Under such trying circumstance, Hanuman as we noted in sloka 4.65.35, was contemplating on the mission – will it be solo or is it possible that some more vanaras will accompany. Angada talks of going and hiding somewhere to escape the wrath of Sugriva over the failed mission. Leaving the disillusioned vanaras in such a state was very unwise. Hence, as a leader, Hanuman takes a huge form, speaks words of affirmation to cheer the vanaras. He leverages Jambavan’s narration to inject optimism.
Building on existing strength is vital for any success. Hanuman, despite having only uncertainties ahead, demonstrates on the need for having RIGHTFUL thoughts, words and actions, all aligned. In Bhagavad Gita, Krishna calls this as YOGA. It is also important to maintain the morale of the ones dependant on us.
Hanuman draws his strength from his Rama Bhakti. He also remembers constantly that Rama chose amongst him all the vanaras as the one who can carry and deliver Rama’s signet ring. By constantly remembering that someone is having faith in our abilities, gives us the courage to face the obstacles.
Solution: Though it may appear no one around believes in you or themselves, remembering the greater purpose, duty and the people dependant on our performance can energize and compensate for the lack of enthusiasm around. Learn to kindle the fire within.
Obstacle 3 – Friendly Distractions: Hanuman’s perhaps toughest challenge was to pacify Mainaka. Initially Hanuman thought it was an obstacle to break through, but quickly understands that it was someone who is filled with love, respect and gratitude for the past kindness. Most of our distractions are in this category and it is easy to succumb and sacrifice the mission and bask in the great fun on hand. Hanuman was thinking of only one mission. He knew that the lives of Rama, Lakshmana, Sita were not the only ones at risk as he was aware of Bharata and Shatrugna.
Despite Mainaka's repeated pleading, he refused to rest even for a minute. At the same time, he puts his arm around Mainaka and displayed the best relationship skills. Hanuman assured that Mainaka’s offer itself was the best Rama Sewa. He wins his heart and affection even more by sticking to his urgent mission. Well-wishers always understand when we stick to our duties, if we treat them respectfully and explain our purpose.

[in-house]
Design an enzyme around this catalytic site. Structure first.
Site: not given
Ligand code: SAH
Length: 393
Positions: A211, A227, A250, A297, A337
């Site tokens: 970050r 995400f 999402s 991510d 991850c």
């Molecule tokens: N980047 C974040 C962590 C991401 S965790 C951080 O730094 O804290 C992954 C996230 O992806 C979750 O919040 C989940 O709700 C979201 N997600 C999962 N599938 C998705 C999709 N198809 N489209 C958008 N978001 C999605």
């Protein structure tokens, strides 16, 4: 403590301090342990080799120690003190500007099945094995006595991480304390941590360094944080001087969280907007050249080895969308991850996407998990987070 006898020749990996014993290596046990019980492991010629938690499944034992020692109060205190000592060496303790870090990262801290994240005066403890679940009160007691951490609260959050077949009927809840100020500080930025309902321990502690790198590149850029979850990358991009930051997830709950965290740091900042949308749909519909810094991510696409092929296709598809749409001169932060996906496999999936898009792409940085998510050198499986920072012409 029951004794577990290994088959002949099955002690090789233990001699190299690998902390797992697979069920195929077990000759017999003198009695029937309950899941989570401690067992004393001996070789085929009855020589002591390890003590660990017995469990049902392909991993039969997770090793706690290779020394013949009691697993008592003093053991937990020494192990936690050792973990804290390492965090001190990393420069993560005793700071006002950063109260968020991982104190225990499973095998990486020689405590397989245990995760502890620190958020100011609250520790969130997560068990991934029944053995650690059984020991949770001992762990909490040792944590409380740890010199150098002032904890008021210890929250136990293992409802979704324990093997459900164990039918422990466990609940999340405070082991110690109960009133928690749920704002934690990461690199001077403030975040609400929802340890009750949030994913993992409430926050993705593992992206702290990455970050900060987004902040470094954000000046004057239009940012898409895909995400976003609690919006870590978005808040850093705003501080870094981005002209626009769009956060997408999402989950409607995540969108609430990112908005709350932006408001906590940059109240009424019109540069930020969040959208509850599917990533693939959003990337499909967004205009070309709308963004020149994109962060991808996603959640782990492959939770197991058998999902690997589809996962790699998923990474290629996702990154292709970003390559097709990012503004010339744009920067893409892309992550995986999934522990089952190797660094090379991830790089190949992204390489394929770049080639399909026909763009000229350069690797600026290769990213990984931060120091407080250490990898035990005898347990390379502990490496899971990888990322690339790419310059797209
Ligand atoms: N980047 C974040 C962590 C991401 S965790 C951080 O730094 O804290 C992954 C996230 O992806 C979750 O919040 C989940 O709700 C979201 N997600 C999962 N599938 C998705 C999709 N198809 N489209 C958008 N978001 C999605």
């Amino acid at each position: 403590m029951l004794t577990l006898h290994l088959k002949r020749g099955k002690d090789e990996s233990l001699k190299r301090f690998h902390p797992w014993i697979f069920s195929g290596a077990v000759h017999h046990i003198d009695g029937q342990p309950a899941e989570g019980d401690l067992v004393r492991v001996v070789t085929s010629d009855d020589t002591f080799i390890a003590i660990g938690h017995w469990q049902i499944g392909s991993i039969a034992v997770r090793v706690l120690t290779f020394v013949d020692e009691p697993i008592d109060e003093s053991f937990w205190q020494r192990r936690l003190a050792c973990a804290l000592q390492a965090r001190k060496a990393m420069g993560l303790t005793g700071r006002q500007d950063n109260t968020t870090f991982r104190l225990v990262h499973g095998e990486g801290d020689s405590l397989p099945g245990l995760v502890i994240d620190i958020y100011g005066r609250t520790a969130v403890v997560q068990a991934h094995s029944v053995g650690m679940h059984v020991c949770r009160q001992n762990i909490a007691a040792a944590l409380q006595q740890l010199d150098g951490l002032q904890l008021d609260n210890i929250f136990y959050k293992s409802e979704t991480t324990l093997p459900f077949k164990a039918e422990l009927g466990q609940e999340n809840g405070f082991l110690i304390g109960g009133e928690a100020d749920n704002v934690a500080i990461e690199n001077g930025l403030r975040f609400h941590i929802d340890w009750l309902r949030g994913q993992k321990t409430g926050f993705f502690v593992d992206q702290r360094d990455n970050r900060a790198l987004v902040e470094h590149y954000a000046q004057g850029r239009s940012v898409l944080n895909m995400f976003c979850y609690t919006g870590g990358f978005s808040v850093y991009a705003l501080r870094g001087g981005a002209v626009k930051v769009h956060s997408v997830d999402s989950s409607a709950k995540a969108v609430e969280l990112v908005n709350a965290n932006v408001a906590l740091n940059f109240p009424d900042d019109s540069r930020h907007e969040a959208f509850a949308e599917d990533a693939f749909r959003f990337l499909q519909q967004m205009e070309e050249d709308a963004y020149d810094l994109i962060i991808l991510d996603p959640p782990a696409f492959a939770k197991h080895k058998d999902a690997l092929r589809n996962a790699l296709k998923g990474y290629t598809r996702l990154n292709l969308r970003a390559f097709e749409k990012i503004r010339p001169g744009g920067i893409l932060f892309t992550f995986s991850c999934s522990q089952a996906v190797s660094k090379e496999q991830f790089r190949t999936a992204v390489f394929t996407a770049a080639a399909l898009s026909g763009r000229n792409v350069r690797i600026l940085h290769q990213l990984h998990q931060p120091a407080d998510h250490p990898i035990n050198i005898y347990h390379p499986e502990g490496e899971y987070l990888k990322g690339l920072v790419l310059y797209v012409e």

Solution: One must learn to weave through friendly distractions by constantly remembering the larger purpose, the mission we are headed to.
Obstacle 4 – Tests, challenges: Hanuman was tested by the Devas through Surasa. At the outset it appeared like an insurmountable challenge. Yet applying very sharp intellect and always taking control of the situation on hand, Hanuman not only overcame the obstacles but got Surasa’s blessings for a successful mission.
Many times the perceived mountains of obstacles in our path are mere opportunities for us to navigate and increase our strengths. Unless we get forged and hammered in the fire of the situation, how can we even realize our own strengths?
The attitude we have while facing these challenges does matter. Hanuman was fixated on his mission and was willing to put all his calm, unperturbed intellect to task. He was able to outwit the opponent and situation only due to this.
Solution: Facing the obstacles with a sharp intellect and calm mind not only helps us resolve, but also increases our strengths to face even tougher challenges in future.
Obstacle 5 – Real opponent: Hanuman faced a real opponent in Simhika. Due to his vast listening attitude he was aware of her from his talks with Sugriva. Having been aware, he was ready to confront with all his might so he may not waste any time.
Being mission driven, kept Hanuman always alert and on the look out for any potential game changers in the equation. When one appears, the speed at which the problem is correctly identified gives one a leg up in resolving it. Firmness and decisiveness in tackling the problem helps in a quicker resolution.
Solution: Correctly identifying and firmly dealing with obstacles give us an advantage in solving it quickly and decisively. It also provides better choices to deal with.
Valmiki sums the following four qualities as indispensable for succeeding in a mission or task - fortitude/courage, vision, intelligence and dexterity/skills, with his sloka
यस्य त्वेतानि चत्वारि वानरेन्द्र यथा तव।।5.1.198।।
धृतिर्दृष्टिर्मतिर्दाक्ष्यं सः कर्मसु न सीदति।
धृतिर्दृष्टिर्मतिर्दाक्ष्यं सः कर्मसु न सीदति।
Through Hanuman we can not only see a splendid display of these qualities, but an inspiring figure who can transmute our thought process, if we care to emulate our elders who made it mandatory to read Ramayana daily.
Hanuman is so one-minded that he akins his mission and mindset to be like that of Rama’s arrow – being fast, focused and always on target. Trying to incorporate these qualities in our lives will not only go a long way in us overcoming obstacles but be successful beyond our wildest imagination.
May Hanuman bless all of us to evoke the ideal Maryada Purushottama, Rama, eternally in our minds and help us elevate our thoughts to HIM. May we follow the wondrous example of Hanuman in every aspect of our lives. May we strive our best to read Ramayana more frequently, mine these gems and practice in our daily life.
Om Tat Sat